One other change to the Lego formula is combat. You can now choose where to throw objects by using the Force, and TT has added a targeting system for easier ranged-fighting and puzzling. More importantly, you can still kill Jar Jar, or you can solve puzzles by cutting holes in doors with your lightsaber--something that makes you feel like the greatest Jedi in the galaxy. Yeah, even when you're playing as whiny, plastic Anakin. Also, George--in case you were wondering--yeah, you can still stick Jar Jar up your chocolate sarlacc pit.
Lego Batman 2: DC Super Heroes (2012)
In my opinion, Lego Batman 2 is the most revolutionary Lego game for 3 reasons: the open world, the bonus characters, and the voice acting. Lego Batman 2 introduces a brand new hub world that is actually Gotham City, complete with the Batcave. Exploring these famous locales as Batman and his Justice League friends is like a geek-dream made manifest.
Lego Batman 2 is also the first game in the series that features actual voice acting. TT hired some of the top voice talent like Clancy Brown, Nolan North, and Troy Baker, and these actors turn in fantastic performances. Troy Baker even makes you hate Superman using only his voice. Oh, and dont forget that Batman fights a massive robot Joker. That. Is. Awesome.
Lego Lord of the Rings (2012)
Lego Lord of the Rings takes the voice acting of Lego Batman 2 and makes it even more integral by using actual audio from the Lord of the Rings trilogy. It has the unusual effect of making a Lego game feel properly epic. Maybe too epic, in fact. Honestly, I giggled a little when I heard Elronds voice coming from a Lego character.
Another great change in Lego Lord of the Rings is the addition of a rucksack that includes every quest item you need (and plenty that are just for fun). This rucksack removes the need to constantly switch between characters depending on the puzzle. Now, you can just pull whatever special item you need out of your bag, instead of switching heroes. Handy, although you do still need certain characters for specific puzzles, so you can't just be Legolas forever...
Lego City Undercover (2013)
Lego City Undercover is strange, yet utterly fantastic. It's the first game with a completely original story that focuses on undercover cop Chase McCain and his longtime rival, Rex Fury (was he in the movie Roadhouse?). Lego City Undercover also trades in the normal 50-plus characters for only one with special outfits, and-- importantly--it also swaps the standard hub world with smaller levels for a massive, GTA-style city full of collectibles, missions, and awesome vehicles.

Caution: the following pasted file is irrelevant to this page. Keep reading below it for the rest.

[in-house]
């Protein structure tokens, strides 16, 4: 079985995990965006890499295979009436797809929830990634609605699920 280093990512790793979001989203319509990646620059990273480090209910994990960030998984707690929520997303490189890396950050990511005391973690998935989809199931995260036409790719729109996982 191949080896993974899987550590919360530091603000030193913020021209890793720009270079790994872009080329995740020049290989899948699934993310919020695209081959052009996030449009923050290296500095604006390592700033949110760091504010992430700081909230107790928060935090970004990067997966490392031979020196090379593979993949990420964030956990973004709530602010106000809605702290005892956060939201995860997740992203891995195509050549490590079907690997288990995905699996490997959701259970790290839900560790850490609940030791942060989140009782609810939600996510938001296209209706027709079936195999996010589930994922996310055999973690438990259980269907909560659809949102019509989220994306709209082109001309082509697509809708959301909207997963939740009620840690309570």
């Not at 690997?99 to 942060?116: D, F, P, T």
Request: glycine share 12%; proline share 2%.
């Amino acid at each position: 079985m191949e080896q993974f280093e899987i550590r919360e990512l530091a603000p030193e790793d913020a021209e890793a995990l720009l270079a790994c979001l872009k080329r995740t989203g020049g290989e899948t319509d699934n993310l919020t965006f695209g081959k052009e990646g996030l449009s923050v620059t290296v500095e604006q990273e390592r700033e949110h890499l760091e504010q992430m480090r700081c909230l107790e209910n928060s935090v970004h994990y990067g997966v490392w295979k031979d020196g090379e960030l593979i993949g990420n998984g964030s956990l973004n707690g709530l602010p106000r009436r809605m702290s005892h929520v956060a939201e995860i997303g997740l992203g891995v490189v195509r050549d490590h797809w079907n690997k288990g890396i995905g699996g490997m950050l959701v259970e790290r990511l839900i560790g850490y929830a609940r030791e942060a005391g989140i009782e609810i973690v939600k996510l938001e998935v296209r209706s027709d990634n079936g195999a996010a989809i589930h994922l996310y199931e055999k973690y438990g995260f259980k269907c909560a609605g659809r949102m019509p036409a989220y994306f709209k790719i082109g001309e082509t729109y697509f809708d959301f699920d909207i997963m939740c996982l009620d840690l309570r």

Lego City Undercover cleverly incorporates the Wii U gamepad as an essential tool by using it for eavesdropping and map control. Now, I can simply select a waypoint on the gamepad, and the navigational studs will appear on-screen. This way, Im not constantly pausing the game to navigate to another map screen. Clever. This is a bit of a series anomaly, but hopefully it'll inspire future games, especially when it comes to unique uses of hardware.
Lego Marvel Super Heroes (2013)
Lego Marvel Super Heroes takes the ambitious open world of Lego Batman 2 and fixes the framerate issues while upping the character list to over 150. Additionally, Lego Marvel introduces a happier version of New York City that is jam-packed with iconic locations, hidden characters, and Stan Lee.
Lego Marvel features an ambitious story that plays out in famous Marvel locations like the X-Mansion and the SHIELD helicarrier. Crucially, there are dozens of side missions in the open world and many Deadpool-narrated quests that unlock special characters. To be honest, the most important aspect of Lego Marvel is finding references to Samuel L. Jacksons movies and his love of certain words likesnakeand plane. This is perhaps the smallest evolutionary step for the whole series--here's hoping The Hobbit pushes things forward again.
Why is the rum gone?
There's no doubt the Lego series has come a long way in 8 years. Although the core gameplay is intact, the more recent games are just so packed with smart ideas and clever tech that they feel genuinely exciting and innovative. So, what are your favourite Lego games in the series? I prefer Lego Marvel, but I would love to hear about your favourites. Also, does the rotating split screen make anyone dizzy? Take all the time you need writing your answers because I will just be over here building minikits.